‘Invisible Touch’ in some ways seemed to follow the template of ‘Genesis.’ Each album had a socially conscious jam (the awkward “Illegal Alien,” “Land of Confusion”), a two part progresssive rock throwback (“Home By The Sea/Second Home By The Sea,” “Domino”) and a reggae-styled soft rock jam (“Taking It All Too Hard,” “Throwing It All Away”). ‘Genesis’ also had a weird and creepy jam with “Mama,” and ‘Invisible Touch’ had “Tonight, Tonight, Tonight.” While we prefer “Mama,” the pop charts clearly favored “Tonight, Tonight, Tonight.” The former hit #73 on the Hot 100, while the later hit #3. Of course, that was with a shortened version of the song; we prefer our “Tonight, Tonight, Tonight” in its full eight minute, fifty one seconds form.
One of the Gabriel-era songs that the Collins-era Genesis performed the most, and it’s easy to see why: the band was firing on all cylinders on this one (and Collins’ drumming is particularly excellent).
The last song from what is, in effect, the last Genesis album (we’re not counting the post-Phil Collins album, ‘Calling All Stations’). Tony Banks wrote the lyrics, and it seemed that he knew that the band were coming to some sort of end. Genesis’ breakup was a bit unique in that there never seemed to be ill will between the members. But it was just time -- and frankly, Rutherford and Banks were fortunate that Collins stayed as long as he did, given his massive success as a solo artist. But “Fading Lights” was a perfect send off and a moving final bow: it has a lot of elements of what made the band great. It starts off with a drum machine, and sounds like another sweet ballad, before evolving into a powerful jam that sees Collins, Rutherford and Banks stretching out one last time.
The opening song that sets the scene on the band’s final album with Peter Gabriel. Co-written by Gabriel and Tony Banks, it features some of Mike Rutherford’s best bass playing. The guy is just underrated at both of his instruments: guitar and bass.
A reggae-tinged jam propelled by a great Mike Rutherford guitar riff. Rutherford also wrote the lyrics, but you’d be forgiven for thinking that Phil Collins did. Hey, it’s a breakup jam! And even the band’s cranky prog-rock fans might identify with the song, provided they’d ever had a girlfriend or boyfriend and split up with them: “We cannot live together/We cannot live apart/And that's the situation/I've known it from the start/Everytime that I look at you, I can see the future/Cause you know I know baby that I don't wanna go.” In some ways, it’s the saddest kind of breakup. It’s not your fault, it’s not mine, I still have feelings for you… but this thing is never going to work out.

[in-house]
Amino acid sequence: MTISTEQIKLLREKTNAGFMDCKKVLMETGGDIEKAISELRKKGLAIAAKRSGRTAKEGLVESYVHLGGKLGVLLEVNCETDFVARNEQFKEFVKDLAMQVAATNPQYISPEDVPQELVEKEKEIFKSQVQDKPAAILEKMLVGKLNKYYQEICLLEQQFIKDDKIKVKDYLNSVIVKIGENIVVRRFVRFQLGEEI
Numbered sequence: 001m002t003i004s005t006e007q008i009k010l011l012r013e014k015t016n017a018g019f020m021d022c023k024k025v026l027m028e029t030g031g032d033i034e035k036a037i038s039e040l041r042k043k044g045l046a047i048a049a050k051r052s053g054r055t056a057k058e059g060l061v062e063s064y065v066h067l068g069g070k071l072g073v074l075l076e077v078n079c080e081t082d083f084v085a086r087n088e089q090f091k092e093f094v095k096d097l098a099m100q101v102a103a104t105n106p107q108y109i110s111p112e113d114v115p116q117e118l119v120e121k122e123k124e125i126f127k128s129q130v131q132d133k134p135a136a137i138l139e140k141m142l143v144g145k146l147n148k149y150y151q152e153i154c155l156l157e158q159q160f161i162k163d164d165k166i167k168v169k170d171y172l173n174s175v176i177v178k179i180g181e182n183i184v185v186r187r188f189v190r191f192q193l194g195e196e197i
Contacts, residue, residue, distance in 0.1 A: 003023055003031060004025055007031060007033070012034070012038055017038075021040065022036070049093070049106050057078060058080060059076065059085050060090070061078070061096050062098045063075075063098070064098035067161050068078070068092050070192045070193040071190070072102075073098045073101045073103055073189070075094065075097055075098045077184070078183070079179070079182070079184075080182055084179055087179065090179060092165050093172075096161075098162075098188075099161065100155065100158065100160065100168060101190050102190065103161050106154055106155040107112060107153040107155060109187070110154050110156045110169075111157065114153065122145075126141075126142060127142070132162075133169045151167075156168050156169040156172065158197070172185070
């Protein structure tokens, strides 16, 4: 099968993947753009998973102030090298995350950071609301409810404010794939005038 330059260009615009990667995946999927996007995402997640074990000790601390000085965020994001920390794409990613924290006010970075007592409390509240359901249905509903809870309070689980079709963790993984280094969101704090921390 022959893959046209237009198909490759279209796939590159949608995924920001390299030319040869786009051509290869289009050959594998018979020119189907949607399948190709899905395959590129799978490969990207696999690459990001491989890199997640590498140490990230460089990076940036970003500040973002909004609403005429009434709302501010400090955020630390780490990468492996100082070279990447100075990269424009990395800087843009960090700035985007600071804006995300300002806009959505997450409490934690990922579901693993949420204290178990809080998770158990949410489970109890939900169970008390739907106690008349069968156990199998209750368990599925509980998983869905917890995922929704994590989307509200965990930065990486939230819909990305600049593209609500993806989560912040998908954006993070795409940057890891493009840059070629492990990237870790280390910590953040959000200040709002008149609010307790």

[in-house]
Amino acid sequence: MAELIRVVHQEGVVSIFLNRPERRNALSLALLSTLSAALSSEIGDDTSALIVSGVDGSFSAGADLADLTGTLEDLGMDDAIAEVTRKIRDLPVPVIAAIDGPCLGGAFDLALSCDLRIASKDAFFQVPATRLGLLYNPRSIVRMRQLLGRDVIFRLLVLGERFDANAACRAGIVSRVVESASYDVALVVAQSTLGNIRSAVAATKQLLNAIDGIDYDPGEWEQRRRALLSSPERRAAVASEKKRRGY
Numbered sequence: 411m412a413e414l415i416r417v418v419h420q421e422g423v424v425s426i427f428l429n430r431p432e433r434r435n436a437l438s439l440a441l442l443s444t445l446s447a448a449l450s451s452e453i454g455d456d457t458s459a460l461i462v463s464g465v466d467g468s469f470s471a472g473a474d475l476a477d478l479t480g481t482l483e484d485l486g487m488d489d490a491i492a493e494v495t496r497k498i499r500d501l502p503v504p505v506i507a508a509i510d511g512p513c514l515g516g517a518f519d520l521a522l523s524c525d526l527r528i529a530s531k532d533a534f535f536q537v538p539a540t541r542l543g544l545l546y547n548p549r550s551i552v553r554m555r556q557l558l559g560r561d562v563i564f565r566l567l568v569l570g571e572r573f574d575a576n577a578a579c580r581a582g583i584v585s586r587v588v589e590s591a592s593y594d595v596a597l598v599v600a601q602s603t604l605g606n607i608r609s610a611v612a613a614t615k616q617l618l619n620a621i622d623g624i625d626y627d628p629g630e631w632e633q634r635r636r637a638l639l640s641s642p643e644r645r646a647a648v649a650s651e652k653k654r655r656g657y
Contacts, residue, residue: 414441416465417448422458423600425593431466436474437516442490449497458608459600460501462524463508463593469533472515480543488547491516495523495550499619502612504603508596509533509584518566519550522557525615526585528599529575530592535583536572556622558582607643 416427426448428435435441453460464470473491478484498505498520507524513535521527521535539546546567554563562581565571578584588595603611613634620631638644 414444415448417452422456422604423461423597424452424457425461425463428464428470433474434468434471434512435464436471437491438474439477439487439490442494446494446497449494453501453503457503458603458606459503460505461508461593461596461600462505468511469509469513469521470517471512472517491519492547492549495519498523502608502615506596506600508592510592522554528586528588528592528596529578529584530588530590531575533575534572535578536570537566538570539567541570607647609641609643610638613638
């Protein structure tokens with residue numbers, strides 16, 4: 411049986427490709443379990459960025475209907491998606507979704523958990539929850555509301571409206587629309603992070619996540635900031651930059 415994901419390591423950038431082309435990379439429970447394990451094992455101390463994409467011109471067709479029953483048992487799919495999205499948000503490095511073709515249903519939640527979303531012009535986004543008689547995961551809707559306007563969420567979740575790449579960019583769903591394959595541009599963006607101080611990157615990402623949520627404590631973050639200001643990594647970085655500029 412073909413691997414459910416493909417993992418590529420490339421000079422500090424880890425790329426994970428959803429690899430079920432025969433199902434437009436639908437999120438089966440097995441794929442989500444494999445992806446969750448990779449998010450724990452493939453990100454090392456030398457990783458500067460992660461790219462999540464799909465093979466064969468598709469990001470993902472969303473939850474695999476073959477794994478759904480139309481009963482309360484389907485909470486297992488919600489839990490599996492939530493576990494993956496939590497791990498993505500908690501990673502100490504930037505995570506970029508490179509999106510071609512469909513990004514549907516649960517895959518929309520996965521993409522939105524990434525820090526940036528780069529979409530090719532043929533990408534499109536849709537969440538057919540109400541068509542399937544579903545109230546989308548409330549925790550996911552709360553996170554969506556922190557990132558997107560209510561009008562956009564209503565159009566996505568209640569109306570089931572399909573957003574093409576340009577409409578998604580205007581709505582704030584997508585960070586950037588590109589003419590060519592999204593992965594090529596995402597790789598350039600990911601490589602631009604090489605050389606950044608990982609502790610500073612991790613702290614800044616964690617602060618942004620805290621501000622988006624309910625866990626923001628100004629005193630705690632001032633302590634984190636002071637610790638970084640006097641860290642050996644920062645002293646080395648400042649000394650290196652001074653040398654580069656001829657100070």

The song opens the first Genesis live album. It started in uber prog rock style, with Tony Banks’ lengthy mellotron intro (almost as if he was taunting Keith Emerson or Rick Wakeman). If that’s not prog enough for you, the title was a reference to John Keats' 1817 poem "On First Looking into Chapman's Homer.” The lyrics, however, were inspired by Arthur C. Clarke’s sci-fi novel “Childhood’s End” (which also inspired Pink Floyd’s song “Childhood’s End” from ‘Obscured By Clouds’). This might be the band’s proggiest moment, and -- fun fact -- this was one of the two songs that Phish performed at Genesis’ induction into the Rock and Roll Hall of Fame.
One of the band’s most intense songs, and a reminder that Phil Collins could be as weird as Peter Gabriel when he wanted to. The song was influenced by the then-new art form known as hip-hop. It’s true: Phil’s “HA HA ha!” was inspired by Grandmaster Flash and the Furious Five’s “The Message” (“Ah ha ha ha: It's like a jungle sometimes it makes me wonder/How I keep from going under!”) What’s the song about? Collins revealed in an interview that “[It] is just about a young teenager that's got a mother fixation with a prostitute that he's just happened to have met in passing and he has such a strong feeling for her and doesn't understand why she isn't interested in him.” Not the stuff that dominates adult contemporary radio, and indeed, this one was a jam for the more rock-based quadrant of their fanbase.